How to Get a Man's Attention During Football Season (Yes, It's Possible!)

Growing up in Indiana, I knew everything there was to know about basketball and nothing about football. When the Colts started getting big, my brothers made it very clear that I needed to learn a thing or two about the sport when I had to ask what an interception was. Football used to seem long and boring, but after picking up the basics I was hooked.
      
Just like girls love when their boyfriend gets along with their friends, guys love when a girl can chill with the boys. So, as we’re in the heart of football season with the Super Bowl quickly approaching, this article will teach you all you need to know.
 
The next time you find yourself in a sports pub to eat on Sunday afternoon or Monday night and notice a cute guy by the bar, rattle off some of this basic terminology and he’ll be putty in your hands.
 
  

Downs
The offense has four chances to get a first down. Basically this means that the team with the ball has four tries to move forward ten yards. So, when the announcers say “first and ten” or “second and eight,” that’s telling you which attempt they’re on and how much farther they have to go to get the necessary yardage. If the announcer says “first and goal,” it means that they’re on their first attempt and have ten or less yards to get to the end zone and score. Even though each team gets four chances to advance, they very rarely will chance the fourth try. Instead, they usually kick.
 
Touchdowns, Field Goals, and Two-Point Conversions
It’s pretty common knowledge that touchdowns are worth six points and the field goal kick that follows is worth one additional point, but you may not know about two-point conversions. After a team scores a touchdown, they have a choice. They can opt to go with the classic choice of kicking a field goal, or if they’re in a losing situation, they could choose a two-point conversion. This means that they can throw the ball for another touchdown after they score, but this time it only counts for two points. Also, if the offense can’t get a first down and they choose to kick the ball from the 50 yard line, for example, that counts as three points.
 
Interceptions
An interception is when the team that’s on offense throws the ball and a player on the opposite team catches it. If you really want to show off, call it a pick. It’s called a pick because the quarterback’s pass got picked off by the other team.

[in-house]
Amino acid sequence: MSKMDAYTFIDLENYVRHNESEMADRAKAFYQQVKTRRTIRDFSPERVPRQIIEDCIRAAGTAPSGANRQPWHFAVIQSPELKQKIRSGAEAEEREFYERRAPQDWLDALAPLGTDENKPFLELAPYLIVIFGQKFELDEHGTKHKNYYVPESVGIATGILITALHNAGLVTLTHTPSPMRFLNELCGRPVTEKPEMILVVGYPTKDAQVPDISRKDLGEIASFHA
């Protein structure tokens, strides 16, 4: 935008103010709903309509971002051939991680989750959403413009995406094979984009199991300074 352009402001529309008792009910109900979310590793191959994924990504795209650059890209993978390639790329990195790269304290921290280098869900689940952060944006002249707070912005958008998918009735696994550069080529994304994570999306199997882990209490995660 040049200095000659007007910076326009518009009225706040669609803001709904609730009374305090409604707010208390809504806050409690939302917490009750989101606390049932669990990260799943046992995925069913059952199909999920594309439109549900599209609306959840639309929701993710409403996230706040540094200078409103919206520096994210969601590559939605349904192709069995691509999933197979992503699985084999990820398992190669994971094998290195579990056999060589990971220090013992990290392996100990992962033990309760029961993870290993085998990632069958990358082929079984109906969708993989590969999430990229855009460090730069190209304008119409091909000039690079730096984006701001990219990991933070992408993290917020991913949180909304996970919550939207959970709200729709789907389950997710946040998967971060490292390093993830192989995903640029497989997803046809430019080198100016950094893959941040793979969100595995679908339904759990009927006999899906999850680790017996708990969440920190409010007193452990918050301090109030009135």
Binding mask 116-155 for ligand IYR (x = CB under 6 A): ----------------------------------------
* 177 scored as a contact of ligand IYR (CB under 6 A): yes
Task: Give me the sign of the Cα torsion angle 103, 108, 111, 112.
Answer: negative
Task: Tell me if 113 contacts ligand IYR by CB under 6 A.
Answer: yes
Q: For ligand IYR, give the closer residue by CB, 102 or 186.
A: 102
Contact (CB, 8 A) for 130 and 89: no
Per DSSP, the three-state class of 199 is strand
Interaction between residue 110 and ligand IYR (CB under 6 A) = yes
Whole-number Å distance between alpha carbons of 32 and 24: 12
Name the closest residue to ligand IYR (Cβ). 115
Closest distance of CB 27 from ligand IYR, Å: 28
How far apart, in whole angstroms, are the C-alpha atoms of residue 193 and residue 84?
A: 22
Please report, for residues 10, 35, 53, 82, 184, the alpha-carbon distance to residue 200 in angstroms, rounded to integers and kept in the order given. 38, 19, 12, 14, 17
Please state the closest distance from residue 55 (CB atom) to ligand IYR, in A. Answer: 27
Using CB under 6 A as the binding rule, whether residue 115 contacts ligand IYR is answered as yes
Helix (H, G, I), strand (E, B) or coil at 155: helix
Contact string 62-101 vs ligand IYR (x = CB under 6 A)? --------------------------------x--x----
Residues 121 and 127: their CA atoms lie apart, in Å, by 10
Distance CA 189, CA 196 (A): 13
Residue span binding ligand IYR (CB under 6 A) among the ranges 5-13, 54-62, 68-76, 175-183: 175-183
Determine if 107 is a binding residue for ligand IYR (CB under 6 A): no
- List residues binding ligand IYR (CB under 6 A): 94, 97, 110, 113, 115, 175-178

Penalties
If the referees toss a bright yellow flag onto the field, it’s because a player has violated the rules. The ref will call a penalty or foul against the team in violation. Flags get thrown on the play for pass interferences, horse collar tackles, face mask tackles, off sides, late hits, etc. Penalties result in the offending team getting the ball moved five, ten, or fifteen yards (depending on the penalty) towards their end zone.
 
Pass Interference
When the quarterback throws a pass to the receiver and the receiver gets tripped, pushed, pulled, cut in front of, or gets his arms pulled by the defensive player guarding him, that’s pass interference. If the defense messes with the receiver in any way to keep him from catching the ball, the referees will call a penalty.
 
Horse Collar
This tackle is when a player tackles another player by grabbing his shoulder pads in the back and inside—by the collar. Get it?—near the nape of the neck.
 
Face Mask
This kind of tackle occurs when a player tackles another player by grabbing the face mask part of the helmet and dragging him down.
 
Late Hit
 A late hit is a penalty that takes place when player tackles another player after the whistle has been blown and the play has stopped.
 
Off Sides
This is a penalty where a player, either defensive or offensive, moves before the ball is snapped to the quarterback. The center snapping the ball is what starts the play. Players are not allowed to move before the play starts because that would give them an unfair advantage to tackle a player on the opposite team.
 
Sack
When the announcer says that the quarterback got “sacked” or “laid out,” this means that the defense broke through the offensive line (the line of guys that block for the QB) and tackled the quarterback before he got a chance to throw the ball to the receiver.
 
 
This should get you started. The different positions and the more difficult rules will come to you the more you watch the game. So, be confident, spout off your new knowledge, and learn the true meaning of shooting fish in a barrel.